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Originally released in 1975, Esther Phillips’ disco album features her soulful delivery and passionate feel for the blues. This came toward the end of her career, during the singer’s second major comeback.
She always had her finger on the pulse of the listening public. Little Esther had started climbing the stairway to stardom at age thirteen, after an impressive amateur night performance at the Largo Theater in Los Angeles. Having gained notice, she toured the country in 1950 with the Johnny Otis band for Savoy Records. Throughout much of the decade following, Little Esther rode a wave of Rhythm & Blues popularity that introduced her to a wide audience that was thirsty for the kind of emotional hipness that she so naturally exhibited. Her career stalled for a few years, however, toward the end of the decade.
Taking the name Esther Phillips in 1962, she had a brief comeback with a few recordings and appearances here and there. Her second significant comeback came just about ten years later, with What A Diff’rence A Day Makes. Joe Beck provided hot musical arrangements and provided soulful guitar solos on several tracks. David Sanborn’s soulful interlude graces the title track, which is performed as a fast moving disco strut. The album’s bonus track is an alternate take of “What a Diff’rence a Day Makes,” in which Beck replaces Sanborn. There are other significant jazz moments on this otherwise pop-soul-disco album. “One Night Affair” and “Hurtin’ House” feature soulful tenor solos by Michael Brecker, and “I Can Stand a Little Rain” finds the Brecker brothers trading with Phillips. Elsewhere, you can hear the screeching trumpet section, which includes Jon Faddis along with Randy Brecker. Reissue of this classic CTI album serves two purposes: it welcomes a session of stellar studio work from a handful of superb jazz artists, and it brings back one significant chapter from the glory years that we remember from Little Esther’s career.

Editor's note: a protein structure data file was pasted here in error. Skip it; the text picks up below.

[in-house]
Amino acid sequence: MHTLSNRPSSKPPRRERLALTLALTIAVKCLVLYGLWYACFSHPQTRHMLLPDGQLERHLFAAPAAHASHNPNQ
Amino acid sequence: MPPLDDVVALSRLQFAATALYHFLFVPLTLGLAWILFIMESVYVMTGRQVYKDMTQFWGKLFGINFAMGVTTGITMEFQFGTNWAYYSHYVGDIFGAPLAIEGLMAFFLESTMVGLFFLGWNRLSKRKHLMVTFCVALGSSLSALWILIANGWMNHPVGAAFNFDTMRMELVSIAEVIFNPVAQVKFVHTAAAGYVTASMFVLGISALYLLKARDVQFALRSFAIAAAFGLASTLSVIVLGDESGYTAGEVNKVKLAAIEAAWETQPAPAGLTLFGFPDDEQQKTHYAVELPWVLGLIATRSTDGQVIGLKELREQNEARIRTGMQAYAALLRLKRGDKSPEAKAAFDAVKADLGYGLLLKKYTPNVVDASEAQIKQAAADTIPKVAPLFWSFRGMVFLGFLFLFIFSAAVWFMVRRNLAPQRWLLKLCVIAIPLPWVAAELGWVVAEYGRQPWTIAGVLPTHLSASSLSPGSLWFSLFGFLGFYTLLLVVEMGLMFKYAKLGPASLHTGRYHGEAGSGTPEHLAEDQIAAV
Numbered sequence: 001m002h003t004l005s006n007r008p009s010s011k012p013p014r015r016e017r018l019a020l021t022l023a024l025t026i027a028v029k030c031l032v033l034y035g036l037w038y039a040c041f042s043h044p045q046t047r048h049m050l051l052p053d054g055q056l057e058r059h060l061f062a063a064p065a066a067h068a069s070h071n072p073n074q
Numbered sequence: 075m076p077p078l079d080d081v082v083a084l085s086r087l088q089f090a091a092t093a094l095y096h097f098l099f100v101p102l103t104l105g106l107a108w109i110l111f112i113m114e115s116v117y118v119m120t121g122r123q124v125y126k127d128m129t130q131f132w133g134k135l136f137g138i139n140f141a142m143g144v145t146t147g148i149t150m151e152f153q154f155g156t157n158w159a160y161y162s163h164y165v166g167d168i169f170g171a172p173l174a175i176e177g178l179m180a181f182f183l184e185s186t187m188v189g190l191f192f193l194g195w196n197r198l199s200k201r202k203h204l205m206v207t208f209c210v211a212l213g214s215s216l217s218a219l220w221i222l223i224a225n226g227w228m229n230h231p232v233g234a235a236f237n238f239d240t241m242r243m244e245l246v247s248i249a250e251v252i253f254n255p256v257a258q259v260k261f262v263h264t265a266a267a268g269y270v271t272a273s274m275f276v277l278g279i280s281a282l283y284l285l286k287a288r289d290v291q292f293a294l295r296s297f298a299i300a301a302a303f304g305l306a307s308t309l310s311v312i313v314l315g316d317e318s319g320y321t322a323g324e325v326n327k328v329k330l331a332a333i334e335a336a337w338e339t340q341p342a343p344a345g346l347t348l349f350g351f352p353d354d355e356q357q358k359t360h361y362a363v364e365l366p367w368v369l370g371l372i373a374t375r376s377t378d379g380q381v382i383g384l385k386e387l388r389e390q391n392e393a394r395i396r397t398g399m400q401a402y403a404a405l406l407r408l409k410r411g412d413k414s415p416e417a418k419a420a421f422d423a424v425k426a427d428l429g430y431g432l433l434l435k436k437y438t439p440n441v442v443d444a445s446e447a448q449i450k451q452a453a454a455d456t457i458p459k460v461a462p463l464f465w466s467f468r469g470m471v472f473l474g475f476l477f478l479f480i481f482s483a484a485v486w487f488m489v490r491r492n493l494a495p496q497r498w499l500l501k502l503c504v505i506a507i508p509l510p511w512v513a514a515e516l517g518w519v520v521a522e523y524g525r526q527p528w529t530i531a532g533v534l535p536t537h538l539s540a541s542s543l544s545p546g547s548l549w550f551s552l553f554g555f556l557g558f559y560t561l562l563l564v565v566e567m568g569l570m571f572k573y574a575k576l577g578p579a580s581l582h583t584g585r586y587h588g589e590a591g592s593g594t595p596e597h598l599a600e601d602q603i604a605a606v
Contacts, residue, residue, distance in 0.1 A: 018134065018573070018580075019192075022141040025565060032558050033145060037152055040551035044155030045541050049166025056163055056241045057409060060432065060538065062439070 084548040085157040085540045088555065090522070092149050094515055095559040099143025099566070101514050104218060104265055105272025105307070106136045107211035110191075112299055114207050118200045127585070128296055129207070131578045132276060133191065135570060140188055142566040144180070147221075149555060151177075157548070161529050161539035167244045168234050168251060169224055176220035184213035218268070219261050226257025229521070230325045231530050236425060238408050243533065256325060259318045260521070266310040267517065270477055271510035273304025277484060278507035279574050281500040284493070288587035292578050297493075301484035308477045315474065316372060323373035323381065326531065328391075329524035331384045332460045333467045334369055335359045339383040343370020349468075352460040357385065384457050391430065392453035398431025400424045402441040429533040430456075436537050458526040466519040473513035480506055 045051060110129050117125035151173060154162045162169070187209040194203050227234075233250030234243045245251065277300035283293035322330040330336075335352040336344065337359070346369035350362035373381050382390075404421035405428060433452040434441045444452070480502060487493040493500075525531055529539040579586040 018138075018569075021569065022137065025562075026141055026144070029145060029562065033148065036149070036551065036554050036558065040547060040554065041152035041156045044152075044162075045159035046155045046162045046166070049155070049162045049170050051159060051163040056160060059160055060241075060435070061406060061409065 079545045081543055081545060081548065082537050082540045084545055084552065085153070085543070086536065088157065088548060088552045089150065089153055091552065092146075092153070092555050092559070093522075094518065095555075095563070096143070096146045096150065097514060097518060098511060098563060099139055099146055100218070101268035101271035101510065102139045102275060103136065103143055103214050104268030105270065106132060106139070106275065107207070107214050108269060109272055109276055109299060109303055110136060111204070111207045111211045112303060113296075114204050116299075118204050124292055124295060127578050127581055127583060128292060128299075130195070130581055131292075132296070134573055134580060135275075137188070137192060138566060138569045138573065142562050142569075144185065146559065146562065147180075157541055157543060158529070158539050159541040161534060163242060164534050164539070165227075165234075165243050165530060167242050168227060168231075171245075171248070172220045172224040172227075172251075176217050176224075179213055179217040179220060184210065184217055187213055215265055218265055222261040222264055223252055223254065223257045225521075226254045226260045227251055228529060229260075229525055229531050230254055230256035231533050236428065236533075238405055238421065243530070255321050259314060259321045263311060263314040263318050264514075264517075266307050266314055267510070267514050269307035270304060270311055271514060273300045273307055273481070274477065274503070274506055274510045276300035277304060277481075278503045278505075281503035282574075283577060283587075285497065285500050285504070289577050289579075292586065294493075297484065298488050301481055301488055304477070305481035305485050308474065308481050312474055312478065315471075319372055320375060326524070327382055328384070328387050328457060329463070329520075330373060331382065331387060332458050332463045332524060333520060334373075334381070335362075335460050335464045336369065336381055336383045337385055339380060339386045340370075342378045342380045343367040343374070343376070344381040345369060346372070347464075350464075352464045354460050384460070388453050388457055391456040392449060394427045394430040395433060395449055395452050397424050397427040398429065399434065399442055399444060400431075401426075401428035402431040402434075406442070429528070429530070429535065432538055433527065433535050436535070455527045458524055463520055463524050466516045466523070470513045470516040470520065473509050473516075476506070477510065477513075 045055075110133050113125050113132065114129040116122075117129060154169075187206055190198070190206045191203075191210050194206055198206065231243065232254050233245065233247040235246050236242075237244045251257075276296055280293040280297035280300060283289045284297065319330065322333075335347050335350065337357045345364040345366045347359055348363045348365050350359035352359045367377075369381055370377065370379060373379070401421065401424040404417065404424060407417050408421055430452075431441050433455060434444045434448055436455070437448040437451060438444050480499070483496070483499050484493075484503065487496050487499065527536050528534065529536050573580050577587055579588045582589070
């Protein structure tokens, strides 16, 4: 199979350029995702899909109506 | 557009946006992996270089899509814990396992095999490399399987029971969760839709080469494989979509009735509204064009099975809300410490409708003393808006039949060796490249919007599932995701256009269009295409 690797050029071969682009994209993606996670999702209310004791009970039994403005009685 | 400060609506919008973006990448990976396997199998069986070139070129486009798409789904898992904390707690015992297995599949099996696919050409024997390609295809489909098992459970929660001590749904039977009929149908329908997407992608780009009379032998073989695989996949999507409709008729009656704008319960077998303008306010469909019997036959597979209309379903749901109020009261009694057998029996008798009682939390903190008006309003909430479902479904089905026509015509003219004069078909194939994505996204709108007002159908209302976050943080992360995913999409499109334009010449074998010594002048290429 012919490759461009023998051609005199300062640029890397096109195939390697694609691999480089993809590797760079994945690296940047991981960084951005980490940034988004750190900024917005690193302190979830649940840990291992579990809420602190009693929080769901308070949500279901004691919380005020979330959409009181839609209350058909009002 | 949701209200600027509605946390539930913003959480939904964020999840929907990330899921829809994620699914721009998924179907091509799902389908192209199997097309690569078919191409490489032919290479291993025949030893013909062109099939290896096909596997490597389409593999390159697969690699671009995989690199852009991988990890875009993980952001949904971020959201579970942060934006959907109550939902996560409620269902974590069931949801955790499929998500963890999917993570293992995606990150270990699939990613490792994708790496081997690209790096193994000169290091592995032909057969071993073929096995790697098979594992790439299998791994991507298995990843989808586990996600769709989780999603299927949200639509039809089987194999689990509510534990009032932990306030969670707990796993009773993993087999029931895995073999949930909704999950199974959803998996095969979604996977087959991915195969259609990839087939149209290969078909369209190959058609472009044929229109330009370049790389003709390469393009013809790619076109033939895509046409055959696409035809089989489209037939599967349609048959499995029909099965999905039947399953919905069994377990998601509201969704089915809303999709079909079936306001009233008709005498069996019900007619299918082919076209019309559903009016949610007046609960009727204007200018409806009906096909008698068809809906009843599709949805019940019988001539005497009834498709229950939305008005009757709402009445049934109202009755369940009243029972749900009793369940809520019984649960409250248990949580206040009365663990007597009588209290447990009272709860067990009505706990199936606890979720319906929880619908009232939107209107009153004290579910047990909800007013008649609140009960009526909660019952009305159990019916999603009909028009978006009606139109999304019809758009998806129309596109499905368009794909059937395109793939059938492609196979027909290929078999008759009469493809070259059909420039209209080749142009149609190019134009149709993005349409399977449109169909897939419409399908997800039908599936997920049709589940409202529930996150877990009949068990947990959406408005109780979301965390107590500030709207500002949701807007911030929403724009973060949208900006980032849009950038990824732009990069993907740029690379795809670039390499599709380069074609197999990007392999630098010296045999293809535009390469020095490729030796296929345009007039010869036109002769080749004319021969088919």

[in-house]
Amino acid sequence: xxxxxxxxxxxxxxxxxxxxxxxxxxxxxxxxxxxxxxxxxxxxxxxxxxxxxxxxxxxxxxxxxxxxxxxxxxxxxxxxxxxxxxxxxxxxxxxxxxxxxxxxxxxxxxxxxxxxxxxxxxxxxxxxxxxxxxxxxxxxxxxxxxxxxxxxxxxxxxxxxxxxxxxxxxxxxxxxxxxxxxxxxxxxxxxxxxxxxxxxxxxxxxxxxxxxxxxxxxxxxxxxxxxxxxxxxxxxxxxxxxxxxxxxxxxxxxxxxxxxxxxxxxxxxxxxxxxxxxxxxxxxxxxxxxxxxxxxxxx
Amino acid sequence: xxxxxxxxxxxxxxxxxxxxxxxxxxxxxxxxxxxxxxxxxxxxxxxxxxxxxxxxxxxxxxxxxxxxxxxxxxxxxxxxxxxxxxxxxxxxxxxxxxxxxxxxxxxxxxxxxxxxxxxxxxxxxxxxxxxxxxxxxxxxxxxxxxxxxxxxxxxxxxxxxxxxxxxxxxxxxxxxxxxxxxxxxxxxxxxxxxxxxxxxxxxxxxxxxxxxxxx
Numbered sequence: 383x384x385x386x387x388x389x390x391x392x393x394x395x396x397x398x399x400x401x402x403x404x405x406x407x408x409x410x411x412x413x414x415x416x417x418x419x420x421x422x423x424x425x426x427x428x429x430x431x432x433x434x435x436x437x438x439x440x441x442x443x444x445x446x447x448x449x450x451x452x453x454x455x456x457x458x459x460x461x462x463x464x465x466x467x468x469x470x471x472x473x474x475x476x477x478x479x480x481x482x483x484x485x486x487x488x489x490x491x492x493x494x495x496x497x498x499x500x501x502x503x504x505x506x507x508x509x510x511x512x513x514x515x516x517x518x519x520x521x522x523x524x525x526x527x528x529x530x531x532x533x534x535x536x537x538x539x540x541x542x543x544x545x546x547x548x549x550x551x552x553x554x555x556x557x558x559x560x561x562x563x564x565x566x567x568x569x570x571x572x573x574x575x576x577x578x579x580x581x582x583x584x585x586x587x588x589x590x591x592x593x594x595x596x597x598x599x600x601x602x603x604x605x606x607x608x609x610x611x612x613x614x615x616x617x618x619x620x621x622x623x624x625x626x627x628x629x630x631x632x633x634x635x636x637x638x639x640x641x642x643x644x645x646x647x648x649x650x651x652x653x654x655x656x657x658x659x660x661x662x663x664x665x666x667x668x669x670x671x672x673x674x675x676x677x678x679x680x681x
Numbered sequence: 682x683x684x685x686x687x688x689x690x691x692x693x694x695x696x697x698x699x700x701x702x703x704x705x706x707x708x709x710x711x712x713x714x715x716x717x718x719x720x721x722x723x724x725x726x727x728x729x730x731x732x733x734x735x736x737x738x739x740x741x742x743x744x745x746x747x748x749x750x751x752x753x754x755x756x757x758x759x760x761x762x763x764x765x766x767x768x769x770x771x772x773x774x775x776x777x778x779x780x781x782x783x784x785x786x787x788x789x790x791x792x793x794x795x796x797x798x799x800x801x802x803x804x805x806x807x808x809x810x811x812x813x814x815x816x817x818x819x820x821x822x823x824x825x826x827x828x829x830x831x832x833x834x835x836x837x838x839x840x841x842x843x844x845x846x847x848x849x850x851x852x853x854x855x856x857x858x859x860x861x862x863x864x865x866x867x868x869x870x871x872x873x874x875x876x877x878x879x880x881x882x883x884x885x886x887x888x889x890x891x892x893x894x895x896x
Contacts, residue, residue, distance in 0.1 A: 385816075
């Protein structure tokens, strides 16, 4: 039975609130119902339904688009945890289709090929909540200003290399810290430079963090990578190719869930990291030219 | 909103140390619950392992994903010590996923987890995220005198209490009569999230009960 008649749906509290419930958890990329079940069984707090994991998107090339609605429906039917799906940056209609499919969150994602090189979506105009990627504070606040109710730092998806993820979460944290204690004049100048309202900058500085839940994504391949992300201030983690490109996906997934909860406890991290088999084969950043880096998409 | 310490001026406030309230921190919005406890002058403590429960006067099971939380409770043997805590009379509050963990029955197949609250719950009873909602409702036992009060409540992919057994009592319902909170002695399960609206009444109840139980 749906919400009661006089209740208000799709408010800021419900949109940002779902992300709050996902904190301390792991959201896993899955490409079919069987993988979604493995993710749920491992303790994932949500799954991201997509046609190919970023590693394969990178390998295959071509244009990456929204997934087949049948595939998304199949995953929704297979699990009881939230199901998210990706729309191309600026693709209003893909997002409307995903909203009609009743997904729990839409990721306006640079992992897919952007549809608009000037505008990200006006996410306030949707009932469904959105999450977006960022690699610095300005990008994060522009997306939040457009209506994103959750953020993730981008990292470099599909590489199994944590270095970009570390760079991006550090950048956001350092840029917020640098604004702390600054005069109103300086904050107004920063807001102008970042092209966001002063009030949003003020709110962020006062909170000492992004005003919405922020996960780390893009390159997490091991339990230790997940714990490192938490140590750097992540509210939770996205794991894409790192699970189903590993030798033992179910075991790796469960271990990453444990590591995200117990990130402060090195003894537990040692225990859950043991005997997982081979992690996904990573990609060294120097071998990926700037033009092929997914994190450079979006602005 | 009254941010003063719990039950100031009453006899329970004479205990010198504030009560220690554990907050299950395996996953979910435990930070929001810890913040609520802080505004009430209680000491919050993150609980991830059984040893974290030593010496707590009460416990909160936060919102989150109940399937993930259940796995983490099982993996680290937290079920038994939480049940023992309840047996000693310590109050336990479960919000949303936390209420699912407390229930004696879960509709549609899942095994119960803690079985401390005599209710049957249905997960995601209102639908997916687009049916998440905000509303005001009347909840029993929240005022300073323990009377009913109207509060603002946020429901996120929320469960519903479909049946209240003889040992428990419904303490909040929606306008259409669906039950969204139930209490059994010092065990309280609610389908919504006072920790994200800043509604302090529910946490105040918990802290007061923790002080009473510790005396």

Track Listing: One Night Affair; What A Diff
Personnel: Esther Phillips- vocals; Joe Beck, Steve Khan, Eric Weisberg- guitar; Don Grolnick- keyboards; Will Lee- electric bass; Chris Parker- drums; Michael Brecker- tenor saxophone; David Sanborn- alto saxophone; Randy Brecker, Jon Faddis, John Gatchell, Alan Rubin- trumpet; Barry Rogers, Tony Studd- trombone; Jimmy Buffington, Brooks Tillotson- French horn; Emanuel Green, Leo Kahn, Kathryn Kienke, Harold Kohon, Harry Lookofsky, Gene Orloff, Max Pollikoff, Matthew Raimondi- violin; Al Brown, Manny Vardi- viola; Charles McCracken, George Ricci- cello.
I love jazz because anything is possible; it has few rules and the best jazz breaks those ones. I prefer free improv because it doesn't really have any rules at all.
I was first exposed to jazz in my teens (in the late sixties).
The first jazz record I bought was Filles de Kilimanjaro by Miles Davis, shortly followed by Extrapolation by John McLaughlin.
My advice to new listeners is to listen as widely as possible and not to make snap judgments--stick with it.